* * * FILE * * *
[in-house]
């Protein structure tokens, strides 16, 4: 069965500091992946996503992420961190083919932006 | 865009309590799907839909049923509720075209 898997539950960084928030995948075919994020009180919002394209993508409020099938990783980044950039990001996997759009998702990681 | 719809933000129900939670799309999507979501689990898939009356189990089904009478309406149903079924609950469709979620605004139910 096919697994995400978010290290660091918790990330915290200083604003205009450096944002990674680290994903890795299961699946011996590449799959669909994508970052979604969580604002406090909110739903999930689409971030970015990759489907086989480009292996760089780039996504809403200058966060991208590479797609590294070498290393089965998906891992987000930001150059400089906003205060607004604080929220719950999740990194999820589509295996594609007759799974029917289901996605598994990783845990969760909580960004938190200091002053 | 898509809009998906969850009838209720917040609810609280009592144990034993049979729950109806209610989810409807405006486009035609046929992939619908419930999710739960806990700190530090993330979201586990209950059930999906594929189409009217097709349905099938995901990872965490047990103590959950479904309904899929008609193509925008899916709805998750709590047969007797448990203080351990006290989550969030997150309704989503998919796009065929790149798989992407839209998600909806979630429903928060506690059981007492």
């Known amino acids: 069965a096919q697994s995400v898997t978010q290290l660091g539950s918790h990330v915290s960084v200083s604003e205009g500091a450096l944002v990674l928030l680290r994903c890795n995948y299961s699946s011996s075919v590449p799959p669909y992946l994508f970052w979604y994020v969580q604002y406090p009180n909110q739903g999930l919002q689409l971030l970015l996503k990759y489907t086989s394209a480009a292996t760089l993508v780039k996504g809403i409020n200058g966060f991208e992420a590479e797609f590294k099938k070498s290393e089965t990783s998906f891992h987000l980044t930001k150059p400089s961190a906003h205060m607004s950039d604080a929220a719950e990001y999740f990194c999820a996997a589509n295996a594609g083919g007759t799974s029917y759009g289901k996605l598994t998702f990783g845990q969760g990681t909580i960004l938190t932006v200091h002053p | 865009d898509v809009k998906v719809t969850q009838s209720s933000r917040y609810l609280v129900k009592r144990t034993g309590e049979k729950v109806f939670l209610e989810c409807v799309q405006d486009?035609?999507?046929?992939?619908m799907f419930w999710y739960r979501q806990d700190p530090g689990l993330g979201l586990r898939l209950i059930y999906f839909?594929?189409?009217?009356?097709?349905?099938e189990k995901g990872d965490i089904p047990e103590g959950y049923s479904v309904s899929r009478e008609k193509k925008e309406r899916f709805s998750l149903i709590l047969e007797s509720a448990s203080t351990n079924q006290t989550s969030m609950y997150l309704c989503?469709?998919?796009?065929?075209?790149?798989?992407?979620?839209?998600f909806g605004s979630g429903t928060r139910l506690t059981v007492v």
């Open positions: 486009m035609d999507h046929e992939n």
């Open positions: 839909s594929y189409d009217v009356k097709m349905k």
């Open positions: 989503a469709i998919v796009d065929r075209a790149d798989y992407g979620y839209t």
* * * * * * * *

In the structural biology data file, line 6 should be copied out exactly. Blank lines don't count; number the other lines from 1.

């Open positions: 989503a469709i998919v796009d065929r075209a790149d798989y992407g979620y839209t």